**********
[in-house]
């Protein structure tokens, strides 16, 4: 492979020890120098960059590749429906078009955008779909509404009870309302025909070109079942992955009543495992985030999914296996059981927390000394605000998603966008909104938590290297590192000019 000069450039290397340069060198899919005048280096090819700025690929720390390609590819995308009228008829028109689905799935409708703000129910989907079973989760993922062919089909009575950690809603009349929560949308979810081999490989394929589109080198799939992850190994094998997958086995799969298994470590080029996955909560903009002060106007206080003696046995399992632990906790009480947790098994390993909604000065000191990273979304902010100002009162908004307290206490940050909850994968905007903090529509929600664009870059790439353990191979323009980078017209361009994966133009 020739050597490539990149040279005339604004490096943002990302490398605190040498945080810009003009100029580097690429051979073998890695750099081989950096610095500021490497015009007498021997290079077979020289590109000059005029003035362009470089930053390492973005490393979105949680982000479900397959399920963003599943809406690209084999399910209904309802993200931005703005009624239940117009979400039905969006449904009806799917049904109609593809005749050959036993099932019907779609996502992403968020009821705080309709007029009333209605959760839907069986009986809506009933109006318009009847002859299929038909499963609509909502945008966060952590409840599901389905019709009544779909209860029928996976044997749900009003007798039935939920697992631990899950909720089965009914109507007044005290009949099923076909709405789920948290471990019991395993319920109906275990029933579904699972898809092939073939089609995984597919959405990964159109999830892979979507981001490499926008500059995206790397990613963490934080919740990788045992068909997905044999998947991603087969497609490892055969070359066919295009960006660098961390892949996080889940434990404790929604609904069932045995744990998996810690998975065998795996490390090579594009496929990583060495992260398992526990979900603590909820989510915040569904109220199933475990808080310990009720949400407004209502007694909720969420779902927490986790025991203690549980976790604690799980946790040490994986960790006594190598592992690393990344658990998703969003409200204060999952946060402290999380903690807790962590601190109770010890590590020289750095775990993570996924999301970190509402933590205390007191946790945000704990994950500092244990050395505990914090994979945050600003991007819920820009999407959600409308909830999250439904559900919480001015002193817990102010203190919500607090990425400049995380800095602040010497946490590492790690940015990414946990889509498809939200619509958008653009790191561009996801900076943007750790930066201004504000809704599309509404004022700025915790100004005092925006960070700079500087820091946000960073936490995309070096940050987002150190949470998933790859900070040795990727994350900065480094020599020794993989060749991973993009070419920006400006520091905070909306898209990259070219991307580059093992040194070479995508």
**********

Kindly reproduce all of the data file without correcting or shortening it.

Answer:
[in-house]
């Protein structure tokens, strides 16, 4: 492979020890120098960059590749429906078009955008779909509404009870309302025909070109079942992955009543495992985030999914296996059981927390000394605000998603966008909104938590290297590192000019 000069450039290397340069060198899919005048280096090819700025690929720390390609590819995308009228008829028109689905799935409708703000129910989907079973989760993922062919089909009575950690809603009349929560949308979810081999490989394929589109080198799939992850190994094998997958086995799969298994470590080029996955909560903009002060106007206080003696046995399992632990906790009480947790098994390993909604000065000191990273979304902010100002009162908004307290206490940050909850994968905007903090529509929600664009870059790439353990191979323009980078017209361009994966133009 020739050597490539990149040279005339604004490096943002990302490398605190040498945080810009003009100029580097690429051979073998890695750099081989950096610095500021490497015009007498021997290079077979020289590109000059005029003035362009470089930053390492973005490393979105949680982000479900397959399920963003599943809406690209084999399910209904309802993200931005703005009624239940117009979400039905969006449904009806799917049904109609593809005749050959036993099932019907779609996502992403968020009821705080309709007029009333209605959760839907069986009986809506009933109006318009009847002859299929038909499963609509909502945008966060952590409840599901389905019709009544779909209860029928996976044997749900009003007798039935939920697992631990899950909720089965009914109507007044005290009949099923076909709405789920948290471990019991395993319920109906275990029933579904699972898809092939073939089609995984597919959405990964159109999830892979979507981001490499926008500059995206790397990613963490934080919740990788045992068909997905044999998947991603087969497609490892055969070359066919295009960006660098961390892949996080889940434990404790929604609904069932045995744990998996810690998975065998795996490390090579594009496929990583060495992260398992526990979900603590909820989510915040569904109220199933475990808080310990009720949400407004209502007694909720969420779902927490986790025991203690549980976790604690799980946790040490994986960790006594190598592992690393990344658990998703969003409200204060999952946060402290999380903690807790962590601190109770010890590590020289750095775990993570996924999301970190509402933590205390007191946790945000704990994950500092244990050395505990914090994979945050600003991007819920820009999407959600409308909830999250439904559900919480001015002193817990102010203190919500607090990425400049995380800095602040010497946490590492790690940015990414946990889509498809939200619509958008653009790191561009996801900076943007750790930066201004504000809704599309509404004022700025915790100004005092925006960070700079500087820091946000960073936490995309070096940050987002150190949470998933790859900070040795990727994350900065480094020599020794993989060749991973993009070419920006400006520091905070909306898209990259070219991307580059093992040194070479995508």